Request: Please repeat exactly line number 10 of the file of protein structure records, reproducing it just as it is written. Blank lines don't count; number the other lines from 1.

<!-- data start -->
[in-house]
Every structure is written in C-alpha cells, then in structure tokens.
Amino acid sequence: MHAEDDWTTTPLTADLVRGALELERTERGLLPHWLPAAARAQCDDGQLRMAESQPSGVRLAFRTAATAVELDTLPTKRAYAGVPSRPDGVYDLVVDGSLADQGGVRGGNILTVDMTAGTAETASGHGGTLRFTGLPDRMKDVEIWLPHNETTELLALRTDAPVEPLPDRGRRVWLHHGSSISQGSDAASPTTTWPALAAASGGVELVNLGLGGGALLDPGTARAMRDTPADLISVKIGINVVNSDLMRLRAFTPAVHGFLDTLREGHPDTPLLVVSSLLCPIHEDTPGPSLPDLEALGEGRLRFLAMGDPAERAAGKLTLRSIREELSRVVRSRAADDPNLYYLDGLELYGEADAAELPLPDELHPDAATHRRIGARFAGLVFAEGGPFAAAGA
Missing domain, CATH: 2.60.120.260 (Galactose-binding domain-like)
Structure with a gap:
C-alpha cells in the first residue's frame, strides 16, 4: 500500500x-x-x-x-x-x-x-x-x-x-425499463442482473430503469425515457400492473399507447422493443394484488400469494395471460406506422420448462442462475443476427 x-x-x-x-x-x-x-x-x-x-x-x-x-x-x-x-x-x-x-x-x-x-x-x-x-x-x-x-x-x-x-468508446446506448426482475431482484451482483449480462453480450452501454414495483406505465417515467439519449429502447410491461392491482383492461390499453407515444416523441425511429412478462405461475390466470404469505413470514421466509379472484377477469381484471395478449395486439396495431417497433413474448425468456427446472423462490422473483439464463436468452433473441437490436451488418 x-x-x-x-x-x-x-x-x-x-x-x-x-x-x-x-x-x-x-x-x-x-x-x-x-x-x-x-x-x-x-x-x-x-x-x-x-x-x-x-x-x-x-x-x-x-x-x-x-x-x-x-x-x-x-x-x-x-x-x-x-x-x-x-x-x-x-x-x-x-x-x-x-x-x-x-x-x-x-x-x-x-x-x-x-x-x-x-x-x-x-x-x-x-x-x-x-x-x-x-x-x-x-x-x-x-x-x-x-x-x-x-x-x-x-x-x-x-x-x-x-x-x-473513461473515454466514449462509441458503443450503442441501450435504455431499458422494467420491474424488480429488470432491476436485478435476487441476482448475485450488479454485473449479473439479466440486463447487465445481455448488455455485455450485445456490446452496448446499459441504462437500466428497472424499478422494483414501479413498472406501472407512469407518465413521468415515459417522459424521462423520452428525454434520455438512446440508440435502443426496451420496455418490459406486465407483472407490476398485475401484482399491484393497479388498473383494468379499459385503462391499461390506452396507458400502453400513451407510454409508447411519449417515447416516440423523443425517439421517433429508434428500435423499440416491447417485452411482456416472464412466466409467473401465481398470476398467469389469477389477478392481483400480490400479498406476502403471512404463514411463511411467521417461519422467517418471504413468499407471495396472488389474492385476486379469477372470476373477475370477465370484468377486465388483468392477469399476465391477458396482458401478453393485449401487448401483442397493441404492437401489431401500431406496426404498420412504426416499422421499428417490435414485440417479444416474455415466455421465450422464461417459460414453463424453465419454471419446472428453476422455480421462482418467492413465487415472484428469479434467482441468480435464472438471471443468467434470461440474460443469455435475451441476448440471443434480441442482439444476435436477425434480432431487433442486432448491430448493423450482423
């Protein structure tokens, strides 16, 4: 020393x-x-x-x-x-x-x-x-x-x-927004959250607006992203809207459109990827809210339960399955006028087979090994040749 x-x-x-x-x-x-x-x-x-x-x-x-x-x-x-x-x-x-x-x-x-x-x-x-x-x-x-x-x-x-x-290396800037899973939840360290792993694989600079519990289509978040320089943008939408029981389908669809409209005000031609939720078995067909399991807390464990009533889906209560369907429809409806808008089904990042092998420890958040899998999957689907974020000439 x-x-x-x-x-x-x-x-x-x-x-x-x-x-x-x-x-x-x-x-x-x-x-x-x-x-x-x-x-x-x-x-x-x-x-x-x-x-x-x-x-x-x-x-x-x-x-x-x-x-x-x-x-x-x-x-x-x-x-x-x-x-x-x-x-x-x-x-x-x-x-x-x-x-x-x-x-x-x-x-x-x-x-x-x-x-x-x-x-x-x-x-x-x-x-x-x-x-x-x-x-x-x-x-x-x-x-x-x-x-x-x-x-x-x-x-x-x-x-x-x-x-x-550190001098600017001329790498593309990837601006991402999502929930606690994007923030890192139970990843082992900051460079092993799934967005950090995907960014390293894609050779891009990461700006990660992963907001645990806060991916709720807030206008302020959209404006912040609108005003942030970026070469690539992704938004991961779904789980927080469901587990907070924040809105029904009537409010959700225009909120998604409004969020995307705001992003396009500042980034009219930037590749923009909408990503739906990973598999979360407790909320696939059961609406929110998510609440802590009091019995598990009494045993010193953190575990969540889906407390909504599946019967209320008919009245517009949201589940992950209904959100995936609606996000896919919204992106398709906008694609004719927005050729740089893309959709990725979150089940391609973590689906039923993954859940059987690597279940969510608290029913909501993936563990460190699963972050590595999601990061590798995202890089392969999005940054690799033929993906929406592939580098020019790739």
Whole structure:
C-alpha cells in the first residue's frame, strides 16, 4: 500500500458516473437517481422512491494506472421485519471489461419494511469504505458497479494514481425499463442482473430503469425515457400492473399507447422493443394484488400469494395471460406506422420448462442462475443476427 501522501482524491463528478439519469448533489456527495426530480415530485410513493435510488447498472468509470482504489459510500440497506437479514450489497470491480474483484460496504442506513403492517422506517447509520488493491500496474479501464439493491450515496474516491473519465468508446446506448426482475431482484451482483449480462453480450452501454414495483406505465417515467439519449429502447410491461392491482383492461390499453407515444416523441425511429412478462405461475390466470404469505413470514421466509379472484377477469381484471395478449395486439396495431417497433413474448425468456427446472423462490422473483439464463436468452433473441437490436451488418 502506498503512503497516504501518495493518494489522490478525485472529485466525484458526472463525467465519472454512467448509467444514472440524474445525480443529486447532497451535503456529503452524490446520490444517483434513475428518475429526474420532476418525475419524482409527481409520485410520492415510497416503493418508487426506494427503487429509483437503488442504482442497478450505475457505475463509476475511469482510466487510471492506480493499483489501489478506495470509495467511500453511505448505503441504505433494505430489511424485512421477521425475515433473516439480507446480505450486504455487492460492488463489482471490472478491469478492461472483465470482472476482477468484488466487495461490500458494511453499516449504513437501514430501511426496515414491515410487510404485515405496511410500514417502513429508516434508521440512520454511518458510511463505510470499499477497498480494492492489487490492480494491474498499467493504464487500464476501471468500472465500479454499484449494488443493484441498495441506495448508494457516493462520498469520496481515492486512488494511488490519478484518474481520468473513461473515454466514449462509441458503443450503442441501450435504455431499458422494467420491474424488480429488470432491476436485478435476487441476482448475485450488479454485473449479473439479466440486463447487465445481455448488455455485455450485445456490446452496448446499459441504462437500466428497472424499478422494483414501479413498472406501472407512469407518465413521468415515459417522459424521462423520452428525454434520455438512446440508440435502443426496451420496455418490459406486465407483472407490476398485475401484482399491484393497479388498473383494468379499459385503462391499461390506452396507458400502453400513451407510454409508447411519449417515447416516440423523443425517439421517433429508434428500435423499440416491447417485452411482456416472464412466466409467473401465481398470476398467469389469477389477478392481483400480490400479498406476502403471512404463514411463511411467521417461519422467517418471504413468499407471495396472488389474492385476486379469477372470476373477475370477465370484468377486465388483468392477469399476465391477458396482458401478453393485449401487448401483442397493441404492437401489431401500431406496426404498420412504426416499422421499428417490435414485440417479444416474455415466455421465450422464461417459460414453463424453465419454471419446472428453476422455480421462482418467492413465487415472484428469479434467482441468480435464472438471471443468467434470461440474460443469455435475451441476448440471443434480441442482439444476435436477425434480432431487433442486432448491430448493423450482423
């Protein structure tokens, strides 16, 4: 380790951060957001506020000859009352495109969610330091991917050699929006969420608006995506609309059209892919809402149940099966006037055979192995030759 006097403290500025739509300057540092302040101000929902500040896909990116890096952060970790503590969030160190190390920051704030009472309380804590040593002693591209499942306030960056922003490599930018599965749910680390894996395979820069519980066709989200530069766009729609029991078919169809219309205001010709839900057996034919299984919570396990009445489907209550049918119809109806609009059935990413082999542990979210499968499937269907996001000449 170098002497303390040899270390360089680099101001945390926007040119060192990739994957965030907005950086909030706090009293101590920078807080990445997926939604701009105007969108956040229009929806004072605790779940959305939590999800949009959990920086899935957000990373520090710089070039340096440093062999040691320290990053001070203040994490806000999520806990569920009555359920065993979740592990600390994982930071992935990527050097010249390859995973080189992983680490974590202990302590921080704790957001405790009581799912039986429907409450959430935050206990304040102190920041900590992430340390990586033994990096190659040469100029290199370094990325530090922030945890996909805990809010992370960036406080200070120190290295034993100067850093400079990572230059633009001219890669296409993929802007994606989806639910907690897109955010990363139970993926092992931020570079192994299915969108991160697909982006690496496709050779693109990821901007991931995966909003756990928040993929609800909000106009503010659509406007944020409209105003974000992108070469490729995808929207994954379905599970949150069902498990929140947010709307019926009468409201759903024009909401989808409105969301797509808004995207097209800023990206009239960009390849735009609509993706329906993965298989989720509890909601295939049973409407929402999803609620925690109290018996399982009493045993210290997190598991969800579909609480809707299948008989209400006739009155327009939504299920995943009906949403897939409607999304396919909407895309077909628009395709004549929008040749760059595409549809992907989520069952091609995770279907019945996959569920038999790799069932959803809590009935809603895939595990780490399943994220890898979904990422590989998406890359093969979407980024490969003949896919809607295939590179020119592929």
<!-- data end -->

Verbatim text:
């Protein structure tokens, strides 16, 4: 380790951060957001506020000859009352495109969610330091991917050699929006969420608006995506609309059209892919809402149940099966006037055979192995030759 006097403290500025739509300057540092302040101000929902500040896909990116890096952060970790503590969030160190190390920051704030009472309380804590040593002693591209499942306030960056922003490599930018599965749910680390894996395979820069519980066709989200530069766009729609029991078919169809219309205001010709839900057996034919299984919570396990009445489907209550049918119809109806609009059935990413082999542990979210499968499937269907996001000449 170098002497303390040899270390360089680099101001945390926007040119060192990739994957965030907005950086909030706090009293101590920078807080990445997926939604701009105007969108956040229009929806004072605790779940959305939590999800949009959990920086899935957000990373520090710089070039340096440093062999040691320290990053001070203040994490806000999520806990569920009555359920065993979740592990600390994982930071992935990527050097010249390859995973080189992983680490974590202990302590921080704790957001405790009581799912039986429907409450959430935050206990304040102190920041900590992430340390990586033994990096190659040469100029290199370094990325530090922030945890996909805990809010992370960036406080200070120190290295034993100067850093400079990572230059633009001219890669296409993929802007994606989806639910907690897109955010990363139970993926092992931020570079192994299915969108991160697909982006690496496709050779693109990821901007991931995966909003756990928040993929609800909000106009503010659509406007944020409209105003974000992108070469490729995808929207994954379905599970949150069902498990929140947010709307019926009468409201759903024009909401989808409105969301797509808004995207097209800023990206009239960009390849735009609509993706329906993965298989989720509890909601295939049973409407929402999803609620925690109290018996399982009493045993210290997190598991969800579909609480809707299948008989209400006739009155327009939504299920995943009906949403897939409607999304396919909407895309077909628009395709004549929008040749760059595409549809992907989520069952091609995770279907019945996959569920038999790799069932959803809590009935809603895939595990780490399943994220890898979904990422590989998406890359093969979407980024490969003949896919809607295939590179020119592929």